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Tax Time for Nonprofits: Getting and Keeping Your Tax Exempt Status

Tax Time for Nonprofits: Getting and Keeping Your Tax Exempt Status

Becoming a Tax-Exempt Entity

Before an organization can file for tax-exempt status, it must file its organizing documents with the Secretary of State in the state in which it resides. Generally, this means you must have articles of incorporation, bylaws and an employer identification number from the IRS. For more info on filing in Washington State, visit this website.

Application for Tax-Exempt Status
Once the Secretary of State’s office has stamped your organizing documents, then you must complete IRS Form 1023 – Application for Recognition of Exemption Under Section 501(c)(3). Additional documents are required along with Form 1023 including: financial statements, articles of organization, bylaws (or other operating rules), user fees, and present and planned events of the organization in detail.

Washington Secretary of State Charities Office (SOS)

After the IRS has issued your Determination Letter, then you must register with the SOS Charity Program before soliciting charitable donations from the public.

Keeping Your Tax-Exempt Status

Once you get tax-exempt status for your nonprofit, the other important part is keeping it! There are many ways to get your tax exempt status revoked but the easiest way is to fail to meet routine reporting requirements. To help ensure that you keep your tax-exempt status, here are some things to keep in mind:

 1. Meticulous financial records

As with any business it is critically important to maintain detailed and accurate financial records. You will need to maintain minutes of all your board meetings. You will also need all other documentation applicable to your nonprofit. Another helpful byproduct of keeping excellent financial records is that it could help shield your board members from personal liability.

2. Proper conduct of a Nonprofit Organization

There are certain political and other types of considerations to be aware of in order to stay on the safe side of the law.

  • Although donations are an important way of getting financial support for many nonprofit organizations, there are limitations. Gifts from donors must be given without remuneration. Furthermore, nonprofits often must register any fundraising activities in which they propose to ask for donations with the state in which they reside.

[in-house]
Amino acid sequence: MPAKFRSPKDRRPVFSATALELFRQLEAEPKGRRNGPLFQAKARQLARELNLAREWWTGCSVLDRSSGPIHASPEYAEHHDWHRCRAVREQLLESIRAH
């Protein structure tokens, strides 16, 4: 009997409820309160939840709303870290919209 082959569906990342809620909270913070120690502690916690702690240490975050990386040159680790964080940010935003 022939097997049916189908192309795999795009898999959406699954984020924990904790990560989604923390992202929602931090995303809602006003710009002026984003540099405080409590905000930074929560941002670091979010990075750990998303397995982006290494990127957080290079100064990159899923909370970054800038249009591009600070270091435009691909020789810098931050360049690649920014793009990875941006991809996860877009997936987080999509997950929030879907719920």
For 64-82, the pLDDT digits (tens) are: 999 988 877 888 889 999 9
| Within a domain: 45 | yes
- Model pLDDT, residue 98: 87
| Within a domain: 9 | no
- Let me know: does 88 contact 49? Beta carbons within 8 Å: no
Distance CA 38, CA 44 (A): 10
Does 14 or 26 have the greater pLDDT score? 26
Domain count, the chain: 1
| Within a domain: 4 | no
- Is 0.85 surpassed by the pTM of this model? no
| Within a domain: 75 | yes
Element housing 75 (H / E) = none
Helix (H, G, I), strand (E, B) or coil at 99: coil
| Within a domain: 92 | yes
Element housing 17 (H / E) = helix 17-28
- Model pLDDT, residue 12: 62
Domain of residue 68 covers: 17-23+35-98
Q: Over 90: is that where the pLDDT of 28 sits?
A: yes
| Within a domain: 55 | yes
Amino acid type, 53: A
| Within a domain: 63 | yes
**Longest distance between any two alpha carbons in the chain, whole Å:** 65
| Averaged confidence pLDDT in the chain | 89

• Another important stipulation for nonprofits is that no individual person or business can profit financially from the organization. Salaries must be reasonable and commensurate with the position and expenses must be ordinary and necessary.
  • The nonprofit must pay excise tax on profits from activities that are unrelated to the mission and purpose of the organization.
  • If the nonprofit is dissolved, none of the assets will go to the board members, private individuals or businesses. The assets will be re-distributed to another nonprofit with a similar mission.

Filing Considerations

Almost all nonprofit organizations that are tax-exempt must file a return with the IRS. This return is called a Form 990, and is also called an annual information return. The form is a matter of public record which is one of the reasons that it must be vetted by all members of your board to make sure it correctly reflects your charity to potential donors.

IRS Form 990

There are three different variants of the Form 990 depending on how much money the nonprofit made that year. They are: Forms 990, 990-EZ and 990-N.

    • If the nonprofit has gross revenue of over $200,000 then it must file Form 990, which is the longest of the three types of forms.
    • If gross revenue is less than $200,000 but more than $50,000 then it must file Form 990-EZ, and
    • If the nonprofit has gross revenue of less than $50,000 then it must file Form 990-N which is often referred to as e-Postcard.

Each of the above three forms have various schedules that must be included. In addition to these forms, there is a separate form for Private Foundations called a Form 990-PF which has its own different set of reporting requirements.

What nonprofits are exempt from filing IRS Form 990s?

The following are some organizations, generally speaking, that are often exempt from filing Form 990: religious schools, government corporations and state institutions such as those concerned with public safety.

Form 990: What happens if you do not file?

If your organization does not file Form 990 for three consecutive years, the IRS will automatically revoke your tax-exempt status.

Please note that once you lose this status then you must reapply like you are new organization and in the mean time you may then be subject to income taxes like other types of for-profit companies.

The requirements delineated in this article are important in acquiring tax-exempt status but also in keeping that status. It may be advisable to hire a tax professional to make sure all rules involved in gaining this important status are adhered to and that all the necessary documentation for your nonprofit organization is in proper order.

We can help! If you need assistance with obtaining your tax exempt status or with your Form 990, please email Howard Donkin at howard@jjco.com.

Featured photo source: Pixabay.com

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